Minnesota tied for second place in the Big Ten West Division this year, behind Purdue. Fleck is 43-27 overall with the Gophers, including 26-26 in conference play. They’re 0-6 against Iowa and 3-3 against Wisconsin, their primary rivals.

Fleck’s winning percentage is third-best in program history among coaches with 45 games or more, behind Henry Williams (1900-21) and Bernie Bierman (1932-41).

“What P.J. and his staff have done in a short amount of time is remarkable,” athletic director Mark Coyle said in a statement distributed by the university. “He has recruited and developed some of the best student-athletes to ever play at Minnesota and his team continues to excel academically, athletically and socially.”

This is the fifth time in six years on the job that Fleck’s deal has been adjusted to keep up with the competition, as power conference coach contracts these days rarely have less than five years on them at any time. Minnesota extended his deal a year ago, too.

In that iteration of his contract, the termination fees Fleck would owe Minnesota if he were to hop to another program were bumped way up. Those numbers landed at $7 million in 2023, $5 million in 2024, $4 million in 2025 and $3 million in 2026. Details about those figures in the new deal were not immediately available.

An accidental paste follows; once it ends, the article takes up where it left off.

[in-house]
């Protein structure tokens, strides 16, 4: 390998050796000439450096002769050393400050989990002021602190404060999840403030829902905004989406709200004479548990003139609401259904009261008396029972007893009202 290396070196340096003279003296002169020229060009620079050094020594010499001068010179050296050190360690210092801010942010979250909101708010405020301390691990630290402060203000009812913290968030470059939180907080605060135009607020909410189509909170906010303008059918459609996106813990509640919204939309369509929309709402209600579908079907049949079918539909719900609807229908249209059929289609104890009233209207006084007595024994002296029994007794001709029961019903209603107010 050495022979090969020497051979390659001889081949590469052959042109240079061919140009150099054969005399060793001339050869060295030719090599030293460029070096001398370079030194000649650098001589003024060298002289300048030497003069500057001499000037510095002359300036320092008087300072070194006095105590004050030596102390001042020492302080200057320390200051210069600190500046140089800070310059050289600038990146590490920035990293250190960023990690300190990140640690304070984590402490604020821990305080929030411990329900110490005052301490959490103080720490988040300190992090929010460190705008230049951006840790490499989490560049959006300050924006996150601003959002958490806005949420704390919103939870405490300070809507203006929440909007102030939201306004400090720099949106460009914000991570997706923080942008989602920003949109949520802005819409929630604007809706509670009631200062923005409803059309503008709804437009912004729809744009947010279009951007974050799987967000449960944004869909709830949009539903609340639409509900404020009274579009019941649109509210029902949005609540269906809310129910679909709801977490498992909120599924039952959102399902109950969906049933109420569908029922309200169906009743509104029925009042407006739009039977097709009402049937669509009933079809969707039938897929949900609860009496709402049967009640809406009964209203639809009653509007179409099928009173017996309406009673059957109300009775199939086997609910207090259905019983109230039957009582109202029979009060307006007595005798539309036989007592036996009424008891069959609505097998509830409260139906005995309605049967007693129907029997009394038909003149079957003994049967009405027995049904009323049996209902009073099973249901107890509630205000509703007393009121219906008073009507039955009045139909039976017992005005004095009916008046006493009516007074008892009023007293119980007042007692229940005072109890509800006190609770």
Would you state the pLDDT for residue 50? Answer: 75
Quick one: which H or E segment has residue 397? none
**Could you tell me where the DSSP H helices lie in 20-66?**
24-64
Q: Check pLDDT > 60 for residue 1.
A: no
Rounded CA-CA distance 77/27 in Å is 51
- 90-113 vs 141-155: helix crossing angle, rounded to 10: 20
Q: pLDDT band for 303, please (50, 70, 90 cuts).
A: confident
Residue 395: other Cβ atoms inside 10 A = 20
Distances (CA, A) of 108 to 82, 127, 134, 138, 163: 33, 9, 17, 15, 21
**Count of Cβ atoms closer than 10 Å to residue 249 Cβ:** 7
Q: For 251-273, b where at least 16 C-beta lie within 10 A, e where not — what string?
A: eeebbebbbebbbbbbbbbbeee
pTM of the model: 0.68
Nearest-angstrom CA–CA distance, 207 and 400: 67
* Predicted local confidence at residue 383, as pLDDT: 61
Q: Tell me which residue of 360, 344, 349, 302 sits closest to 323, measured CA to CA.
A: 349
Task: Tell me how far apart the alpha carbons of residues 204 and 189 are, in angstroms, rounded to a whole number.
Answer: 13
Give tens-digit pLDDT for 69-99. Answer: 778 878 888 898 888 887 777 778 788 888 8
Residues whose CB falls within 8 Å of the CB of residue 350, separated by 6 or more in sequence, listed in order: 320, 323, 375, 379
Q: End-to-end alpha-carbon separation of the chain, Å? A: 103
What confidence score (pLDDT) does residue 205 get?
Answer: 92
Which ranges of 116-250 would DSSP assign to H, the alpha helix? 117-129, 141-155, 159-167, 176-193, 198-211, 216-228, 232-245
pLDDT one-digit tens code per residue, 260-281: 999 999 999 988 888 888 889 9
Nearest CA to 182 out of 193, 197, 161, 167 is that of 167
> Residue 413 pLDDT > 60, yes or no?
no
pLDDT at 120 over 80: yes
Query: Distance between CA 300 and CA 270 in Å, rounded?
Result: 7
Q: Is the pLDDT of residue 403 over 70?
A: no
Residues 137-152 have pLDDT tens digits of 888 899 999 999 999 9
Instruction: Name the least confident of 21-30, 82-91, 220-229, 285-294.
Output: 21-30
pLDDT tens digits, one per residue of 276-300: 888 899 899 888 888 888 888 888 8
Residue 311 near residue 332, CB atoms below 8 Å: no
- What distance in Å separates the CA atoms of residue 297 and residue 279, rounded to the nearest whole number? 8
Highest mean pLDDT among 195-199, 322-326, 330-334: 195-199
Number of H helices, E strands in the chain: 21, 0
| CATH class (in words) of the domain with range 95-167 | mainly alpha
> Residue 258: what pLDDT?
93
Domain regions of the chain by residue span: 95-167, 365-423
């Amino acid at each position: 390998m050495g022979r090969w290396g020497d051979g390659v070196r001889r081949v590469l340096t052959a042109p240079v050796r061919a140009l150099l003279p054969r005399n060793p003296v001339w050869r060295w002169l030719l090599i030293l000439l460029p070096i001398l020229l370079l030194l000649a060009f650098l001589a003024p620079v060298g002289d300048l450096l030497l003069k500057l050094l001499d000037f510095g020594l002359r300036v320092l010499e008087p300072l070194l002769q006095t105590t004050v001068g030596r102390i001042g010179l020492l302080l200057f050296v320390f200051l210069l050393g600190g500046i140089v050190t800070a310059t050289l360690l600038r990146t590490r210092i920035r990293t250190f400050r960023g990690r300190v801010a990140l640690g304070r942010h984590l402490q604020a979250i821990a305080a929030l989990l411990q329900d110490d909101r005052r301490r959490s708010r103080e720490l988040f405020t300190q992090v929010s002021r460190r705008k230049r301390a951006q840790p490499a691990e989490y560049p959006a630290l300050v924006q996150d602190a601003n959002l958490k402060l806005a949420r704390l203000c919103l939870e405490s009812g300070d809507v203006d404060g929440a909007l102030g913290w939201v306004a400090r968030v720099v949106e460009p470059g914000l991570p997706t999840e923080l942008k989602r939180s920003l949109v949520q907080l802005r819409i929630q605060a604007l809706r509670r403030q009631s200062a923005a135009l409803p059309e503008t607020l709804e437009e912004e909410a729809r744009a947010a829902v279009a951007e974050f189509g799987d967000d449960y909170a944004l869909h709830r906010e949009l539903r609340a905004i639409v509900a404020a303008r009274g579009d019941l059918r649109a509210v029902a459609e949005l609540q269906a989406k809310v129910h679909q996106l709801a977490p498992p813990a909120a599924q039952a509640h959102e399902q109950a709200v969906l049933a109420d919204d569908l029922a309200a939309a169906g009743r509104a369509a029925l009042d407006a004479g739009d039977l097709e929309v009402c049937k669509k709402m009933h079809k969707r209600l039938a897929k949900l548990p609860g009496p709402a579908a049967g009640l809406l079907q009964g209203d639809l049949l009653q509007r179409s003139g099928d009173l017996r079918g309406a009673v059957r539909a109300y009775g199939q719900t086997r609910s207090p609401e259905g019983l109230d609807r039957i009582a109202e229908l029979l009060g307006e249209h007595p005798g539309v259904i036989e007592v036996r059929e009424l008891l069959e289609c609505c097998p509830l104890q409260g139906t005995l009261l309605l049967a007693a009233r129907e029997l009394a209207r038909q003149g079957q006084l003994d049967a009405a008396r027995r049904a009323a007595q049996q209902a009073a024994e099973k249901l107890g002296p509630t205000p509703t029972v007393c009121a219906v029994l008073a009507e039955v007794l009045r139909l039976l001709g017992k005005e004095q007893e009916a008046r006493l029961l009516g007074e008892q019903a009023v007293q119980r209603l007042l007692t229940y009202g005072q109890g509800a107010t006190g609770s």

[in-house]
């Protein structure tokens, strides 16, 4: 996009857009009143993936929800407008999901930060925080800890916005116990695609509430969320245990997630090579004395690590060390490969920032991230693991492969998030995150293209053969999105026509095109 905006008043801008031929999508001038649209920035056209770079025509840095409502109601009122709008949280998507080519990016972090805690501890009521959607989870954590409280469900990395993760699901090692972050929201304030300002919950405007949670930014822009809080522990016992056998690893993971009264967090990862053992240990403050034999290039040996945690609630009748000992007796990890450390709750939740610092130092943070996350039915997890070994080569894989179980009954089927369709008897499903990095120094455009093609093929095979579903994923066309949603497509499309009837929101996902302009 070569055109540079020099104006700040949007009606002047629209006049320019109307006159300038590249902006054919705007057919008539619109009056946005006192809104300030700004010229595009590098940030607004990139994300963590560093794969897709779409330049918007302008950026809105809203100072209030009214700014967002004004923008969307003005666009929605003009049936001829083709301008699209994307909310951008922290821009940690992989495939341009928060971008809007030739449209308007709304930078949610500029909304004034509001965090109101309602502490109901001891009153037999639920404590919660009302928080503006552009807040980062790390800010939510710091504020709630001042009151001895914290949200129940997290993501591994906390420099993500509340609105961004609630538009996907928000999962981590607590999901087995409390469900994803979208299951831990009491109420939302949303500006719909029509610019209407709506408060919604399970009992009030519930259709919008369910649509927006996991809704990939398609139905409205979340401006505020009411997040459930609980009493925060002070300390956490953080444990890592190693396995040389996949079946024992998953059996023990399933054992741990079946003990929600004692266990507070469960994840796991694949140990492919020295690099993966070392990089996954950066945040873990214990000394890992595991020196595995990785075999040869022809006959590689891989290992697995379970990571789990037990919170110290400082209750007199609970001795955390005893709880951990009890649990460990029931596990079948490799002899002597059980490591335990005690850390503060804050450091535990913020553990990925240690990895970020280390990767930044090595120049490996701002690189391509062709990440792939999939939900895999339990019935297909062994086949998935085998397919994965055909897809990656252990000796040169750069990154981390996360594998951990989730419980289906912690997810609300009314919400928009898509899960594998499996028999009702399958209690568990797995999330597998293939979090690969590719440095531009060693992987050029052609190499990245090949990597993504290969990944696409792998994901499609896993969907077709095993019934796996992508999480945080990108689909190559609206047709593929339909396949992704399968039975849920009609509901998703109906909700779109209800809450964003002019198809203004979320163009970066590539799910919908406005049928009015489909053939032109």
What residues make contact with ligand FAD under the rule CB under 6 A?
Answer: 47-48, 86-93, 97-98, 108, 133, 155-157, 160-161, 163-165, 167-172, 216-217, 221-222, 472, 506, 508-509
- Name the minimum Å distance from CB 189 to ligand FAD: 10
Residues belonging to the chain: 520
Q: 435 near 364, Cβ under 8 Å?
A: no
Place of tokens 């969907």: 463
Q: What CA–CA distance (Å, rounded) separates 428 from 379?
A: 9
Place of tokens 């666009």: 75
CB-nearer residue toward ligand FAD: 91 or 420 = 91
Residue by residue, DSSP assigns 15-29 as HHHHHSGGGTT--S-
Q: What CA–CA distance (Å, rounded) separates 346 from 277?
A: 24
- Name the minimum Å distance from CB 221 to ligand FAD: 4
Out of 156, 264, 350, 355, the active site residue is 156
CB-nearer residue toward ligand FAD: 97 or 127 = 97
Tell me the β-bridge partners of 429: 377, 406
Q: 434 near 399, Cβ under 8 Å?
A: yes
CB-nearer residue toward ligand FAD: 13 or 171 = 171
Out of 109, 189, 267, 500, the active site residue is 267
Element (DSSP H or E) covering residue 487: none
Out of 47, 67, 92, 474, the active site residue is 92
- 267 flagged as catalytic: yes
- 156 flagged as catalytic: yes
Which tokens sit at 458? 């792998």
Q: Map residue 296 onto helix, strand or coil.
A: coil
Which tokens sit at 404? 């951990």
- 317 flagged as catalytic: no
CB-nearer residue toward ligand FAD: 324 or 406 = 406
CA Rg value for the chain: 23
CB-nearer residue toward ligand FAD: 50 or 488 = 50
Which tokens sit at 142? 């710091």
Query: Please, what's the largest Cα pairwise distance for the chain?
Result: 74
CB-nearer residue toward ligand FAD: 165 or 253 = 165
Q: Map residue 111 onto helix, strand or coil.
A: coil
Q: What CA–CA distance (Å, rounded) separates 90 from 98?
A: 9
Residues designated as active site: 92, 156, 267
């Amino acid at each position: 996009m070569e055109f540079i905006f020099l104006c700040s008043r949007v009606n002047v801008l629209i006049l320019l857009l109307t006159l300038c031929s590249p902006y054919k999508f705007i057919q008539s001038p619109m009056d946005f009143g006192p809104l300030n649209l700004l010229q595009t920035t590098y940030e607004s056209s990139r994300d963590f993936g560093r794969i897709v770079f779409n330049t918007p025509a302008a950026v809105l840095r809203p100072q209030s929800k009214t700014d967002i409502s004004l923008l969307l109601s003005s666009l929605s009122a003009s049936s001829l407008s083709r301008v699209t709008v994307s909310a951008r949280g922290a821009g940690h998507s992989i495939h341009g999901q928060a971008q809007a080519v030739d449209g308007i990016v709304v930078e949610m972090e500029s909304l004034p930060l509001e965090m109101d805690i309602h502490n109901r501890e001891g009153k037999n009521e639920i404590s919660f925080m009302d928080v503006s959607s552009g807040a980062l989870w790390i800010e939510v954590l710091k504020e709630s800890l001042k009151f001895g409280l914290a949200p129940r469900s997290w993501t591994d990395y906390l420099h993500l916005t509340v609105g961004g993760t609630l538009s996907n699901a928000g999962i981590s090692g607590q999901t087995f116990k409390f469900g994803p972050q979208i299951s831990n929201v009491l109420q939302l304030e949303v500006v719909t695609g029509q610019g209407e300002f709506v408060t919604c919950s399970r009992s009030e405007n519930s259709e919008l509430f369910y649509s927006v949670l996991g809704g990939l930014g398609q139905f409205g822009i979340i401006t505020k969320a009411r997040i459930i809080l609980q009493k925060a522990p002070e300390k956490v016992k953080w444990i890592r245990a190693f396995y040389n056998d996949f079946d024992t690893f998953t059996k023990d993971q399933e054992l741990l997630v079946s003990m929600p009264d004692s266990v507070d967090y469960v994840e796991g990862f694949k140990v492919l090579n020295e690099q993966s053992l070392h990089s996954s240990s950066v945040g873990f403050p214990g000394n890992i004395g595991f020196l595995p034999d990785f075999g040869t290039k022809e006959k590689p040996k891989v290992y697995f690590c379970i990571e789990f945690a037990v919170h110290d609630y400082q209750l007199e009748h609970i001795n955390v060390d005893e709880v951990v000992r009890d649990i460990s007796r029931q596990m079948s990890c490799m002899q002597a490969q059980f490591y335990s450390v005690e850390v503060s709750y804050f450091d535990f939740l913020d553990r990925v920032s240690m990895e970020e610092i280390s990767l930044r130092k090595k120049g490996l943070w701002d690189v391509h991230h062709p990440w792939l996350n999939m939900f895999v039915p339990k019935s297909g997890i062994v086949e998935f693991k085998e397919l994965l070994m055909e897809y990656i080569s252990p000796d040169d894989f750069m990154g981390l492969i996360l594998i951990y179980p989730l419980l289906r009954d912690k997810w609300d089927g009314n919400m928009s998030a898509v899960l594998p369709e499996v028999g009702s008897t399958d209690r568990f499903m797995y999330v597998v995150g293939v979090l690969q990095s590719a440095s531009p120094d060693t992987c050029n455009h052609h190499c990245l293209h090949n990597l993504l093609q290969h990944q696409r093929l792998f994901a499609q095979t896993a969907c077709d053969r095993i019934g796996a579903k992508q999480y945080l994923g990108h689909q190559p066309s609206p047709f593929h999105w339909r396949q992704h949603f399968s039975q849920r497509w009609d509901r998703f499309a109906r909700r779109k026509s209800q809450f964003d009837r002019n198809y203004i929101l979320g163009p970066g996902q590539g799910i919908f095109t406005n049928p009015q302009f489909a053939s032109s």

Virginia players granted extra year of eligibility

Bob Donnan-USA TODAY Sports
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CHARLOTTESVILLE, Va. — The NCAA has granted an extra year of eligibility to Virginia players whose eligibility has expired in the aftermath of the slaying of three members of the team, the school confirmed.

Lavel Davis Jr., D’Sean Perry and Devin Chandler were killed last month as they returned to campus from a field trip to see a play in Washington, D.C. A former player at the school, Christopher Darnell Jones Jr., is facing three counts of second-degree murder and other charges in the shooting. A fourth player, Mike Hollins, and student Marlee Morgan were injured in the shooting.

Virginia canceled its final two games of the season after the shooting, and the team and university community memorialized the victims in a nearly two-hour service on campus. Team members also traveled to each of the three funerals held for their teammates.